Boo Weekley The Anti-Tiger

By Brian HewittAugust 11, 2007, 4:00 pm
PGA ChampionshipTULSA, Okla. -- Tiger Woods inexorable march to his 13th major championship has been the dominant theme of the 89th PGA Championship that will likely conclude tomorrow in a blaze of glory.
What we know for sure is it will conclude in a blaze of something, because at least one weather forecaster has predicted the heat index will reach 113 degrees.
Until that time we will have to be content with the sideshows. So far they have been pretty good. Thursday brought us John Dalys bodacious 67 and the latest pressroom grin-and-spin from golfs grip-it-and-rip-it Paul Bunyan.
Friday, of course, came Woods 63, one power-lipped-putt-on-the-last-hole short of the all-time, major championship 18-hole record.
62 , Woods called it.
Saturday delivered Boo Weekley, a ball-striking Jesse from rural Florida whose countrified usage of the English language makes Jed Clampett sound like Sir John Gielgud.
I love to play the game, Boo said after his round. But my heart is really with huntin and fishin.
To be sure, the Weekley Report was even better than the Daly News. On the course, Weekley fired a 5-under 65 that included seven birdies, five of them on Southern Hills nasty back nine. Through 54 holes he stands tied for eighth at even par.
Off the course, Weekley said a lot more than boo.
Golf for him, he said, is a means to an end. His goal, he said, is to make enough money in the next 10 years to retire and go back to Florida and, you guessed it, hunt and fish.
Squirrels, rabbits, deer, raccoons, birds, Boo said.
Safaris? Big Game? Africa?
No sir, Boo said. There are too many things that can kill ya over thereAlligator bites, snake bites..I can handle those.
Boo almost bagged a big one on the 18th hole Saturday. He had a birdie putt for 63. But he made bogey. Three wiggle, Boo said.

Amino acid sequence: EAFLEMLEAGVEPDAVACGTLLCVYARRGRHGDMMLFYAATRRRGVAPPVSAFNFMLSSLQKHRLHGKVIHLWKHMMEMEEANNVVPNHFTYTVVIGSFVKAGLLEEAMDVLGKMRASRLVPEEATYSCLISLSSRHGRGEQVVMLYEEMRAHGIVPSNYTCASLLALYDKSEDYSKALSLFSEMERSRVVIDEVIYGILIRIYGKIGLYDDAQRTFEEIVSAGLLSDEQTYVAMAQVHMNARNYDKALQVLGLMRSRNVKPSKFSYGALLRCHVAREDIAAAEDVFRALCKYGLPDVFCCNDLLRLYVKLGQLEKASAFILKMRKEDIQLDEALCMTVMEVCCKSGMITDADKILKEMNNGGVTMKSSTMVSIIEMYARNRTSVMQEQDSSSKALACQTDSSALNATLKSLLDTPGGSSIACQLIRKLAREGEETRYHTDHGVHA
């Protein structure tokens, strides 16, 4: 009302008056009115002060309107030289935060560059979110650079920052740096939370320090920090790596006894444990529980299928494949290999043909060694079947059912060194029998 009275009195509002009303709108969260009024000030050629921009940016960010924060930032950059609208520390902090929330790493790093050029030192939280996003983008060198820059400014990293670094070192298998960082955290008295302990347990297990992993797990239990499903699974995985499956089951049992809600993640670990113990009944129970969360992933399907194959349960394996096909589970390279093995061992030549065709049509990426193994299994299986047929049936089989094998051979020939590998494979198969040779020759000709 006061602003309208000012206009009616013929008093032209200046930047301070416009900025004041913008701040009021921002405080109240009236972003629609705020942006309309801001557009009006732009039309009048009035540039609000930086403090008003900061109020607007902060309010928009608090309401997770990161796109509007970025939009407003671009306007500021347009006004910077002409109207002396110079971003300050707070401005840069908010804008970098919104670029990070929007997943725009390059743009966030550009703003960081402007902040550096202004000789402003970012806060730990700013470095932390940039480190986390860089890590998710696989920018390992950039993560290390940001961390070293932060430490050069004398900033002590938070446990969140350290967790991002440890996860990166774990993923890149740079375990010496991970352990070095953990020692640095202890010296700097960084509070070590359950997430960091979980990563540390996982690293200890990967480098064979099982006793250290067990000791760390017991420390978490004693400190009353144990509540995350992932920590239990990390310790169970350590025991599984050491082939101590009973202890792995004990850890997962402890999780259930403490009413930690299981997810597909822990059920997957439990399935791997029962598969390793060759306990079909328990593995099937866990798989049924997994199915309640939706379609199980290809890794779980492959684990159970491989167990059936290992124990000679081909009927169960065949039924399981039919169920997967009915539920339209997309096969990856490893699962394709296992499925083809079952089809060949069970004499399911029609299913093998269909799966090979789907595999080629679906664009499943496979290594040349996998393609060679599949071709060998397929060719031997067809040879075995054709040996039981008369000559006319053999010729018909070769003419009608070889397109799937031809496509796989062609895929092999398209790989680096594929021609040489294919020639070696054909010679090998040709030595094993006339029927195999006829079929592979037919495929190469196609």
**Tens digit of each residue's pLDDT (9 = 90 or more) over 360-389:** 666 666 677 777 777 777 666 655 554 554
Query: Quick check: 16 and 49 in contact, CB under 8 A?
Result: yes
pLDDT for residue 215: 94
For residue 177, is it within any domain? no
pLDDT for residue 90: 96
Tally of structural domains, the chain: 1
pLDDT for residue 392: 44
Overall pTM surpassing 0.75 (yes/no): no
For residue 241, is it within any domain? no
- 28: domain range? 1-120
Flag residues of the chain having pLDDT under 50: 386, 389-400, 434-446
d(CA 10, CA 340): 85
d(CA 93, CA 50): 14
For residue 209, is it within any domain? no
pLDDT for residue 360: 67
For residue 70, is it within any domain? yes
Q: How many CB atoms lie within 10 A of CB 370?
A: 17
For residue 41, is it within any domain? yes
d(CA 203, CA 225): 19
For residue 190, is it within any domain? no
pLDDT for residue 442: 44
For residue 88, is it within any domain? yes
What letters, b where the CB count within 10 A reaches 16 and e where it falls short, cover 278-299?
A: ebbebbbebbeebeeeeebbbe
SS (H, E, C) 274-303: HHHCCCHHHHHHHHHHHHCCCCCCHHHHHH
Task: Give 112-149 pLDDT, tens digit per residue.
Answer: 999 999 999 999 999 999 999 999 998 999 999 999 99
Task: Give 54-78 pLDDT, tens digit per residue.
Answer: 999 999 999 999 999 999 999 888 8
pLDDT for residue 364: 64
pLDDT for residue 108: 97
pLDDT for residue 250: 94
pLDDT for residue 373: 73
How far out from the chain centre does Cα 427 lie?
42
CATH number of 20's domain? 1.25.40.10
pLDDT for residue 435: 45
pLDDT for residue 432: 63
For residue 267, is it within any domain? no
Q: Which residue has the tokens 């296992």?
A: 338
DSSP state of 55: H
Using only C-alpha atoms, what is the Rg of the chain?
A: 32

The money part has been working out pretty well so far this year, thank you. Weekley ranks 19th in PGA TOUR earnings with more than two million dollars in the bank. Almost half of that amount came in one large chunk when Weekley captured the Verizon Heritage in April and banked a check for $972,000.
Boo sits at No. 45 in the world rankings and No. 17 in the FedExCup point standings. He says he doesnt watch golf on TV and doesnt read much either.
I dont know nothin about the FedExCup, Boo said.
He will soon. The pot at the end of the FedExCup rainbow next month will earn the winner a 10 million dollar deferred payday. That princely sum could get Weekley off the road and back home to north Florida even sooner.
I get tired of being away from my family. I get tired of being away from my friends, Boo said.
Last month Weekley positively charmed the Brits and the Scots on his way to finishing tied for 35th in the Open Championship at Carnoustie. This despite Weekleys faux pas of asking 1999 British Open winner Paul Lawrie if he qualified for the Open.
The locals were a bit bemused by that, said one Scot here this week.
The golf community in this country has known about Weekley now for several years. The rest of the golf world is just discovering him. For his part, Weekley couldnt wait to get back to the U.S. after Carnoustie.
Mexican, he said oxymoronically, when asked what his first American meal was upon returning. Three chicken fajitas and a bucket of sweet tea.
As best anybody can tell, if there was a popularity contest between Daly and Weekley, Daly would get the redneck vote; Weekley would carry the just plain folks.
Meanwhile major championships, Ryder Cups, golf history... ...keeping track of all that stuff is for somebody else. Im sorry yall, Boo said. Its just golf. Its not gonna make or break me.
Woods, on the other hand, is an avid disciple of golf history. He studies it assiduously. And it drives him.
Asked what he likes about golf, Boo said: The guys. There are so many different characters out here.
None, perhaps, more different than Boo Weekley.
There was a big ole soft shell turtle on No. 2 the other day, Boo said, brightening. Musta been seven or eight pounds.
The best guess here is that Tiger Woods didnt notice.
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    McIlroy (65) one back in Abu Dhabi through 54

    By Randall MellJanuary 20, 2018, 1:09 pm

    Rory McIlroy moved into position to send a powerful message in his first start of the new year at the Abu Dhabi HSBC Championship.

    Closing out with back-to-back birdies Saturday, McIlroy posted a 7-under-par 65, leaving him poised to announce his return to golf in spectacular fashion after a winless year in 2017.

    McIlroy heads into Sunday just a single shot behind the leaders, Thomas Pieters (67) and Ross Fisher (65), who are at 17-under overall at Abu Dhabi Golf Club.